If you’re interest in foreign aid and economic development in the world’s poorest areas, do yourself a favor and bookmark the excellent blog Aid Watch, written by NYU economist Bill Easterly.
Aid Watch, which Easterly began last year with the sensible tag line “Just asking that aid benefit the poor,” is Easterly’s attempt at introducing some accountability to the well-intentioned but often shadowy and wasteful world of foreign aid.
“The objective [of the blog],” Easterly says, “is to be brutally honest when aid is not helping the poor, but also praising it when it is.”
In an EconTalk podcast from last year, Easterly called it “one of the great tragedies of our generation” that most of the financial resources that have been summoned over the last 50 years in trying to help the world’s poorest and most desperate people have essentially been squandered.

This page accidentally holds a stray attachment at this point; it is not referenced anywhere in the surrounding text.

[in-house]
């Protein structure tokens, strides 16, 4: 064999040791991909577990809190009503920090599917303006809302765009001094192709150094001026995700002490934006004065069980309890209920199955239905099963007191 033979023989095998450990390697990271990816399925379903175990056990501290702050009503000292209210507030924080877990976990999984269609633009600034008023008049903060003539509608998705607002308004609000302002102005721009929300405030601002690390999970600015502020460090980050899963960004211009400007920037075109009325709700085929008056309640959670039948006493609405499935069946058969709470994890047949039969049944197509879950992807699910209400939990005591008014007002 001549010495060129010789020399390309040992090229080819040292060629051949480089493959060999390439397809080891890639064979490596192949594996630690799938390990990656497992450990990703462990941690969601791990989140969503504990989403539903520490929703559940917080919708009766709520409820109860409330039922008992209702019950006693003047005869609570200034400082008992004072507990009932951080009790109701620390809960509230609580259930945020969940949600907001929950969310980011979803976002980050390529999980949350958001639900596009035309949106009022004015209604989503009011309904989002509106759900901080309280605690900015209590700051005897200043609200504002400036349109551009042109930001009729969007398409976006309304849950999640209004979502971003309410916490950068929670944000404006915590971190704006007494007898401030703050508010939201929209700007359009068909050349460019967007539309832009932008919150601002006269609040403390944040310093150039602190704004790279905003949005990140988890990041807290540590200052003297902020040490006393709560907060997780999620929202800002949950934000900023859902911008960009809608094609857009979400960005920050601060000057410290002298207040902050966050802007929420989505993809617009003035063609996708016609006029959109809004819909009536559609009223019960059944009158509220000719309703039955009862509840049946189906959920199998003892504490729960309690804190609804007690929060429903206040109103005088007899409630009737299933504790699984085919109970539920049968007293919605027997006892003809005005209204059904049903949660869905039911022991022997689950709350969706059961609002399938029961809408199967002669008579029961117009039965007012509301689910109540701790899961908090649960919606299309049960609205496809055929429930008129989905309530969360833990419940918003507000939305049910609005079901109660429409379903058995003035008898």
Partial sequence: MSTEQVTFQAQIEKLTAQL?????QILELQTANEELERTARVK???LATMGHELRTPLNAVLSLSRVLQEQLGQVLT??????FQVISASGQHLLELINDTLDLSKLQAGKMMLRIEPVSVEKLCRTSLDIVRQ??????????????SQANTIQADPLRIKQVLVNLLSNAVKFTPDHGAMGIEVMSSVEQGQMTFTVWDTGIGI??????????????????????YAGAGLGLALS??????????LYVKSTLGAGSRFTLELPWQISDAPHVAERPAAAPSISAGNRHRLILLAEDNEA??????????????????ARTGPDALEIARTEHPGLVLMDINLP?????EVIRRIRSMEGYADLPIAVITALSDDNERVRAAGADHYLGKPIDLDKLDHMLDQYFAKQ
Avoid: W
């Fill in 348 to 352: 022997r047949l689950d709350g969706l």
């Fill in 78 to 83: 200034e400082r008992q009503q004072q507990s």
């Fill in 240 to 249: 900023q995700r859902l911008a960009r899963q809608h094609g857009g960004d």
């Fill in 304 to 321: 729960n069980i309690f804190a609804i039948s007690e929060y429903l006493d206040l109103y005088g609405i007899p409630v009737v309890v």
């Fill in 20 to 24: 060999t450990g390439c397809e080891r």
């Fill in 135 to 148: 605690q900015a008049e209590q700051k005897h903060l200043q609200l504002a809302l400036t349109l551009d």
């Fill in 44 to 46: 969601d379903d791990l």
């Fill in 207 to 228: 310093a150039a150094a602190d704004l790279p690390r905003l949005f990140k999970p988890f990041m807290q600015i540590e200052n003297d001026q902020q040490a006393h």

“Nearly 600 billion dollars of that went into Africa,” said Easterly. “Economic growth per-person in Africa has been zero over that whole period. That is, the standard of living of the average African is no higher today than it was 50 years ago despite this massive aid effort. That clearly is a sign that all that aid money was not reaching the poor.”
Some of the most interesting, provocative, and even humorous posts from Aid Watch:
Also, check out Easterly on Bloggingheads.tv chatting with philosopher Peter Singer about foreign aid, microcredit, and bad charities with good intentions.